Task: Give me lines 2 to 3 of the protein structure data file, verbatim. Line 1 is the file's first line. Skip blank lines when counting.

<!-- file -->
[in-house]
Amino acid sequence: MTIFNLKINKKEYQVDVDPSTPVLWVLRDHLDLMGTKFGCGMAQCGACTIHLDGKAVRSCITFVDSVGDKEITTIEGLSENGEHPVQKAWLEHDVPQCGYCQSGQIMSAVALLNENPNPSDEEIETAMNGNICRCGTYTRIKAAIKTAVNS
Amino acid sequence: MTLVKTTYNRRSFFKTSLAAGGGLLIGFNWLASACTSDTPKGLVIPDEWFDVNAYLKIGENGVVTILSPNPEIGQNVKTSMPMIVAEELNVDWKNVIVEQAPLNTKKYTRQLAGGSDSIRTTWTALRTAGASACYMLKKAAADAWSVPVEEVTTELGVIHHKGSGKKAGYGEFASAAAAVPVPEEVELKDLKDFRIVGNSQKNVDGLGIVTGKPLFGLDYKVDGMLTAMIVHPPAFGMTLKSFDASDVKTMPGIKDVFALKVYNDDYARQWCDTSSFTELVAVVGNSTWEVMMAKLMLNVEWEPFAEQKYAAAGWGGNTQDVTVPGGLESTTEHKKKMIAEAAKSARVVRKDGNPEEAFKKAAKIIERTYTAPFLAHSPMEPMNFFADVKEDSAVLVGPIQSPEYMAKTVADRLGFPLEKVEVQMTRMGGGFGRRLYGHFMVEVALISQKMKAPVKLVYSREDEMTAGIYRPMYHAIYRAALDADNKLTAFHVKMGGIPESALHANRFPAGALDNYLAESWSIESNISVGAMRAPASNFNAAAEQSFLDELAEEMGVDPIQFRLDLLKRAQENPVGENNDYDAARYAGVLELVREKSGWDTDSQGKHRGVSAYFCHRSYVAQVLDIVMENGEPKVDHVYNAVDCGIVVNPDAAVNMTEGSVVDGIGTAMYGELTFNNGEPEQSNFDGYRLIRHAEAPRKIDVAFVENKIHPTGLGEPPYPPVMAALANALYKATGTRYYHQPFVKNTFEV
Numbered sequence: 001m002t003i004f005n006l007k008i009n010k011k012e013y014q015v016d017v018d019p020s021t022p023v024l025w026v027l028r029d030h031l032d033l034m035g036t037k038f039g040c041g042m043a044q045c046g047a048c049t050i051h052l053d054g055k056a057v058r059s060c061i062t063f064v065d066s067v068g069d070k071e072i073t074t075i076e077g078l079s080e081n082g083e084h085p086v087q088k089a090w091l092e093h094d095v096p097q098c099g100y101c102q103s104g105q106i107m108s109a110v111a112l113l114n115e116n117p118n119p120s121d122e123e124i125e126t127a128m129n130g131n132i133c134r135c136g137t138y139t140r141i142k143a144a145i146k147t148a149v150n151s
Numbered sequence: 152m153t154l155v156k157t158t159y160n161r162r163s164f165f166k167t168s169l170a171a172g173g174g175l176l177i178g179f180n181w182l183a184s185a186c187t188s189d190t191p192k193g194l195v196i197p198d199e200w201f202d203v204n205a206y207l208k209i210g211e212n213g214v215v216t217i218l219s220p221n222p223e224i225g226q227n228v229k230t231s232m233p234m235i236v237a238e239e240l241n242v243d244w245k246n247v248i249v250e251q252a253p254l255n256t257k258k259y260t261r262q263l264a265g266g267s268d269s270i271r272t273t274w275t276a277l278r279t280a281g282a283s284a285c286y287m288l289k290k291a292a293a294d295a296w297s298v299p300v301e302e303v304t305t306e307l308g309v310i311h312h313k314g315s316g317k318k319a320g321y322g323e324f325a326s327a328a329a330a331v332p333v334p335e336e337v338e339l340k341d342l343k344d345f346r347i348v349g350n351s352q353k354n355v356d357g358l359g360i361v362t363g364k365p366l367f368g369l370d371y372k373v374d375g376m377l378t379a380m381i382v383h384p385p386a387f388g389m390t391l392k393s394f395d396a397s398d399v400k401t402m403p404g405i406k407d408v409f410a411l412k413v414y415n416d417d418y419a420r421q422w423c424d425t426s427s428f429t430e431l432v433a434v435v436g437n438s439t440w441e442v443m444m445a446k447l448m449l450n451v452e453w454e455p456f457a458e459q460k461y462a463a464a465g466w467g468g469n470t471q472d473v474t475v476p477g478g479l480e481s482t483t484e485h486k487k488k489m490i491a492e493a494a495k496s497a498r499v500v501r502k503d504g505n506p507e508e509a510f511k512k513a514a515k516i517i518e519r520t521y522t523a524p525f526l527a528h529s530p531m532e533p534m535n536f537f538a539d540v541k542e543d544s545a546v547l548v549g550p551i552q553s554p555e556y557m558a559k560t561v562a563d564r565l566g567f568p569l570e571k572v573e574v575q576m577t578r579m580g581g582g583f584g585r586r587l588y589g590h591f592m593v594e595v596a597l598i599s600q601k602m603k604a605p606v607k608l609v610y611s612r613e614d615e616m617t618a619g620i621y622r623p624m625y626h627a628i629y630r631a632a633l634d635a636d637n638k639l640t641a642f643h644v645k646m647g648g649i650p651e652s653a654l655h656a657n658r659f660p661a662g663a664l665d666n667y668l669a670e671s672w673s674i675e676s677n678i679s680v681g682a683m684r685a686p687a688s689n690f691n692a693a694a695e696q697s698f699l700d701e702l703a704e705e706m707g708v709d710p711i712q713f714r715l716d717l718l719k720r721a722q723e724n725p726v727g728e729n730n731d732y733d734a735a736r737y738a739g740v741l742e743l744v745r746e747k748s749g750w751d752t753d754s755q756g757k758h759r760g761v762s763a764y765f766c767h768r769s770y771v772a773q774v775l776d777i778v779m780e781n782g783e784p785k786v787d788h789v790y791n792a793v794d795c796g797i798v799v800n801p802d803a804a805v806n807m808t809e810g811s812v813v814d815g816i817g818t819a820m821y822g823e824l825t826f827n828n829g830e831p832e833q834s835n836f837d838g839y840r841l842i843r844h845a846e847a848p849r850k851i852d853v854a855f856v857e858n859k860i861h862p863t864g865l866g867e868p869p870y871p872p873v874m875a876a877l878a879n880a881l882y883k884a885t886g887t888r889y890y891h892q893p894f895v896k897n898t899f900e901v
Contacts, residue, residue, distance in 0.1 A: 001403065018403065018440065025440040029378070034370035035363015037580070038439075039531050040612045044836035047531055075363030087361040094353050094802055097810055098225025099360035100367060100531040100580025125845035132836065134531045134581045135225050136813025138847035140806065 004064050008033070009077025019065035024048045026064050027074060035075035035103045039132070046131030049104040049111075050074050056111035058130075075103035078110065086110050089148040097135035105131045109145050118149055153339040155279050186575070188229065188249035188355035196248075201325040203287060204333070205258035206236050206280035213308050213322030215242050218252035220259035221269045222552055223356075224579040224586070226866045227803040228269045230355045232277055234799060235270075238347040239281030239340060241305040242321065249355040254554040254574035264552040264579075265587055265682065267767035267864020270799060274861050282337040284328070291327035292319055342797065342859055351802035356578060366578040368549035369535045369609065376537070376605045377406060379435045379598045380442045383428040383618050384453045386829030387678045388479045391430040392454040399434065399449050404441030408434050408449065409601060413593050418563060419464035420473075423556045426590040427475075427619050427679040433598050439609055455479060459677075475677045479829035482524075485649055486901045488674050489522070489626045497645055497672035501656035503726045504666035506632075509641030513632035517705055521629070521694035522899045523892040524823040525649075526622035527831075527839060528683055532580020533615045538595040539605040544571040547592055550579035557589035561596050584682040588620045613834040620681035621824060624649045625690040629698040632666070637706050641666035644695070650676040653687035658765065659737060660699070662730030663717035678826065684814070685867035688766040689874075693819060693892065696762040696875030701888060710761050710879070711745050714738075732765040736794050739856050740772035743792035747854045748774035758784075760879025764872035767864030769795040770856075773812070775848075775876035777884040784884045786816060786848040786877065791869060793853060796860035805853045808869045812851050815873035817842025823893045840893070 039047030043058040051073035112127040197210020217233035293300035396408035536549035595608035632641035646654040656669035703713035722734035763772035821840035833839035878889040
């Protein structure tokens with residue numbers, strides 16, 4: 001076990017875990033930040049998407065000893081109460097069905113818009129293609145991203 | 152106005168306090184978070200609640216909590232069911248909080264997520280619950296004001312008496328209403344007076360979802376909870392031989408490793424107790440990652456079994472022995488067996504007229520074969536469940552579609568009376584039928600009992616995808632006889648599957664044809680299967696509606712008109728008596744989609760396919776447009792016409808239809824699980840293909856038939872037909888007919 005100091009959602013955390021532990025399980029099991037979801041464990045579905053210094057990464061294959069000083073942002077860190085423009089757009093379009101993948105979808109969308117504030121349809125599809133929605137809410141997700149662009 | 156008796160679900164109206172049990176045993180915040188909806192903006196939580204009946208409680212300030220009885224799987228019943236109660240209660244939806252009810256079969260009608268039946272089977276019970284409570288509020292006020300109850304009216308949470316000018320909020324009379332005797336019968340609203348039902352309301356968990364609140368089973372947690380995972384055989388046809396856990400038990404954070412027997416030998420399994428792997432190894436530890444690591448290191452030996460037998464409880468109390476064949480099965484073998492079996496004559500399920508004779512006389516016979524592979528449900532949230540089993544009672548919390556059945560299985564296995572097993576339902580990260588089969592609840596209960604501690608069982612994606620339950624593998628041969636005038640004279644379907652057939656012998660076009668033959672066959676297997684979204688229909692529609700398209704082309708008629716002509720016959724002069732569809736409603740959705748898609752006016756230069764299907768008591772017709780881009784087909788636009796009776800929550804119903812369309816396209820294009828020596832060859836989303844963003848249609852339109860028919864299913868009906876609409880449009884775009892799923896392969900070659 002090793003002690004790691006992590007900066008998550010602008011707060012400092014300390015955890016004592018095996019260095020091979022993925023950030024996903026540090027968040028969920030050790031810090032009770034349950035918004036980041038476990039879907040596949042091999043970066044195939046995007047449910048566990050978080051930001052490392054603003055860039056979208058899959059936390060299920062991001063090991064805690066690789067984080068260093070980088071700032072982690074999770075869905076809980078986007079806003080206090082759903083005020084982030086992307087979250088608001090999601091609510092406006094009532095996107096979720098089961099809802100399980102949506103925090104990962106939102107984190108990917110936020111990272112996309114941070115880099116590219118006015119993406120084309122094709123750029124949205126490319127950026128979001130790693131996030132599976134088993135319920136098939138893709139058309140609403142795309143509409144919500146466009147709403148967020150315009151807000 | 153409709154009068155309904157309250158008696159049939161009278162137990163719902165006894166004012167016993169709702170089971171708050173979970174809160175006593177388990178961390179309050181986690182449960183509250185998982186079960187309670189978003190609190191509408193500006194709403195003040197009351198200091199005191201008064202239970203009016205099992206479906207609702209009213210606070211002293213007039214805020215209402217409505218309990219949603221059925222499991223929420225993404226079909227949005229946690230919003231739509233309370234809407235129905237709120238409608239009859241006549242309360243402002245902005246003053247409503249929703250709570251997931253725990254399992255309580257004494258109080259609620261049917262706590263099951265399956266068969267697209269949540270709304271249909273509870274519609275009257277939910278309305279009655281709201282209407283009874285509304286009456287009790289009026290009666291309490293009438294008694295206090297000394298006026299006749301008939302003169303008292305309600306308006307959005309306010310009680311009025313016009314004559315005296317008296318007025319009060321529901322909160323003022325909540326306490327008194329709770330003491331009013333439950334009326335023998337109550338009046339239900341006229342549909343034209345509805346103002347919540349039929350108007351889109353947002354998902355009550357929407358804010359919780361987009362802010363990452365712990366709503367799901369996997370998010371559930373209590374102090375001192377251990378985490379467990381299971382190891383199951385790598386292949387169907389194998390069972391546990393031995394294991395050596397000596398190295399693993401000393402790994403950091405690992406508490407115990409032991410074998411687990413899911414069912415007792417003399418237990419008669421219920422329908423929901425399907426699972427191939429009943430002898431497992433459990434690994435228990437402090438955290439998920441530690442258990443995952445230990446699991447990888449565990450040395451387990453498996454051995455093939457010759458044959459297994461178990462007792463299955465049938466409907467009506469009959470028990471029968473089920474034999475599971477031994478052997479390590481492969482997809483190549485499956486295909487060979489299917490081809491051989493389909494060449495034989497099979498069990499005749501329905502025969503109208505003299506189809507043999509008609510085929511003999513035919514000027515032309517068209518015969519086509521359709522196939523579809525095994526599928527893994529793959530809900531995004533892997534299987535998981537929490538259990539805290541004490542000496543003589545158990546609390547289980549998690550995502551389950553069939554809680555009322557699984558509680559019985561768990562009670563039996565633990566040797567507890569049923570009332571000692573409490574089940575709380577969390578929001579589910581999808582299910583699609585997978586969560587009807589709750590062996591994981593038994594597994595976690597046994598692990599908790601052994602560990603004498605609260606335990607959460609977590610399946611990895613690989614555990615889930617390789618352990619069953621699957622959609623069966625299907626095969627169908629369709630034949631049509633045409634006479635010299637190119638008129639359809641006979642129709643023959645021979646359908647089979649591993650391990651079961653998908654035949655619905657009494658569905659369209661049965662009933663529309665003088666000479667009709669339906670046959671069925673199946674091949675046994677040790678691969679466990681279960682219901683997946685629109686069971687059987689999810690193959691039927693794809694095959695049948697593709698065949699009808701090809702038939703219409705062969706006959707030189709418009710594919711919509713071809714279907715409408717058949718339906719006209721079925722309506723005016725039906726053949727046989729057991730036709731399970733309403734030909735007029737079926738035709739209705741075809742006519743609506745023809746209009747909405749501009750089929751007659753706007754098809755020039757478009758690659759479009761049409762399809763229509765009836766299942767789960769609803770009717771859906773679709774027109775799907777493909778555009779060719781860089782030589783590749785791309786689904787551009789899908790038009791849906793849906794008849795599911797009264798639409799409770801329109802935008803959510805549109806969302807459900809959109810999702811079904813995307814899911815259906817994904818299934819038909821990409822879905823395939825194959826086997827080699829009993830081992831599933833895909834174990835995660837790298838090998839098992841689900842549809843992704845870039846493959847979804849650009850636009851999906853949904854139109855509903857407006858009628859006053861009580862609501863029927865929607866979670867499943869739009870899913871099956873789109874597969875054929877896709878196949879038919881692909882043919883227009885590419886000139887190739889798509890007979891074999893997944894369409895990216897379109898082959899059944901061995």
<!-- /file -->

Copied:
Amino acid sequence: MTIFNLKINKKEYQVDVDPSTPVLWVLRDHLDLMGTKFGCGMAQCGACTIHLDGKAVRSCITFVDSVGDKEITTIEGLSENGEHPVQKAWLEHDVPQCGYCQSGQIMSAVALLNENPNPSDEEIETAMNGNICRCGTYTRIKAAIKTAVNS
Amino acid sequence: MTLVKTTYNRRSFFKTSLAAGGGLLIGFNWLASACTSDTPKGLVIPDEWFDVNAYLKIGENGVVTILSPNPEIGQNVKTSMPMIVAEELNVDWKNVIVEQAPLNTKKYTRQLAGGSDSIRTTWTALRTAGASACYMLKKAAADAWSVPVEEVTTELGVIHHKGSGKKAGYGEFASAAAAVPVPEEVELKDLKDFRIVGNSQKNVDGLGIVTGKPLFGLDYKVDGMLTAMIVHPPAFGMTLKSFDASDVKTMPGIKDVFALKVYNDDYARQWCDTSSFTELVAVVGNSTWEVMMAKLMLNVEWEPFAEQKYAAAGWGGNTQDVTVPGGLESTTEHKKKMIAEAAKSARVVRKDGNPEEAFKKAAKIIERTYTAPFLAHSPMEPMNFFADVKEDSAVLVGPIQSPEYMAKTVADRLGFPLEKVEVQMTRMGGGFGRRLYGHFMVEVALISQKMKAPVKLVYSREDEMTAGIYRPMYHAIYRAALDADNKLTAFHVKMGGIPESALHANRFPAGALDNYLAESWSIESNISVGAMRAPASNFNAAAEQSFLDELAEEMGVDPIQFRLDLLKRAQENPVGENNDYDAARYAGVLELVREKSGWDTDSQGKHRGVSAYFCHRSYVAQVLDIVMENGEPKVDHVYNAVDCGIVVNPDAAVNMTEGSVVDGIGTAMYGELTFNNGEPEQSNFDGYRLIRHAEAPRKIDVAFVENKIHPTGLGEPPYPPVMAALANALYKATGTRYYHQPFVKNTFEV